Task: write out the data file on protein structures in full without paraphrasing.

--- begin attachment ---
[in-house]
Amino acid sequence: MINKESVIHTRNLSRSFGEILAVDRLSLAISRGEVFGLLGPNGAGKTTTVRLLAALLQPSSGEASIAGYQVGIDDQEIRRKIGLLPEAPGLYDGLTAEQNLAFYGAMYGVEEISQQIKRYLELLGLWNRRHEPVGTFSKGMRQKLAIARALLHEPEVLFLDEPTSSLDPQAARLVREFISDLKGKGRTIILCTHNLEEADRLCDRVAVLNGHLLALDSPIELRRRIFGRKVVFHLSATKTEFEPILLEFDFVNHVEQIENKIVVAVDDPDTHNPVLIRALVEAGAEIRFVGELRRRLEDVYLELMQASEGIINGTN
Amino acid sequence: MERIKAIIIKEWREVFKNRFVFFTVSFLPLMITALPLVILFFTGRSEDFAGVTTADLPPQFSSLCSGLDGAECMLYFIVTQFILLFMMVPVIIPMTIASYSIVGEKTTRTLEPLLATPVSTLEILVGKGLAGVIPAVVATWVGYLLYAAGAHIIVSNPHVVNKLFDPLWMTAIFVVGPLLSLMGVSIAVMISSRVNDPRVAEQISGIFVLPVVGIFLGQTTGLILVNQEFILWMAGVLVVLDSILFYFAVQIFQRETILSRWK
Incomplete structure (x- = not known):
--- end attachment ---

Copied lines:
[in-house]
Amino acid sequence: MINKESVIHTRNLSRSFGEILAVDRLSLAISRGEVFGLLGPNGAGKTTTVRLLAALLQPSSGEASIAGYQVGIDDQEIRRKIGLLPEAPGLYDGLTAEQNLAFYGAMYGVEEISQQIKRYLELLGLWNRRHEPVGTFSKGMRQKLAIARALLHEPEVLFLDEPTSSLDPQAARLVREFISDLKGKGRTIILCTHNLEEADRLCDRVAVLNGHLLALDSPIELRRRIFGRKVVFHLSATKTEFEPILLEFDFVNHVEQIENKIVVAVDDPDTHNPVLIRALVEAGAEIRFVGELRRRLEDVYLELMQASEGIINGTN
Amino acid sequence: MERIKAIIIKEWREVFKNRFVFFTVSFLPLMITALPLVILFFTGRSEDFAGVTTADLPPQFSSLCSGLDGAECMLYFIVTQFILLFMMVPVIIPMTIASYSIVGEKTTRTLEPLLATPVSTLEILVGKGLAGVIPAVVATWVGYLLYAAGAHIIVSNPHVVNKLFDPLWMTAIFVVGPLLSLMGVSIAVMISSRVNDPRVAEQISGIFVLPVVGIFLGQTTGLILVNQEFILWMAGVLVVLDSILFYFAVQIFQRETILSRWK
Incomplete structure (x- = not known):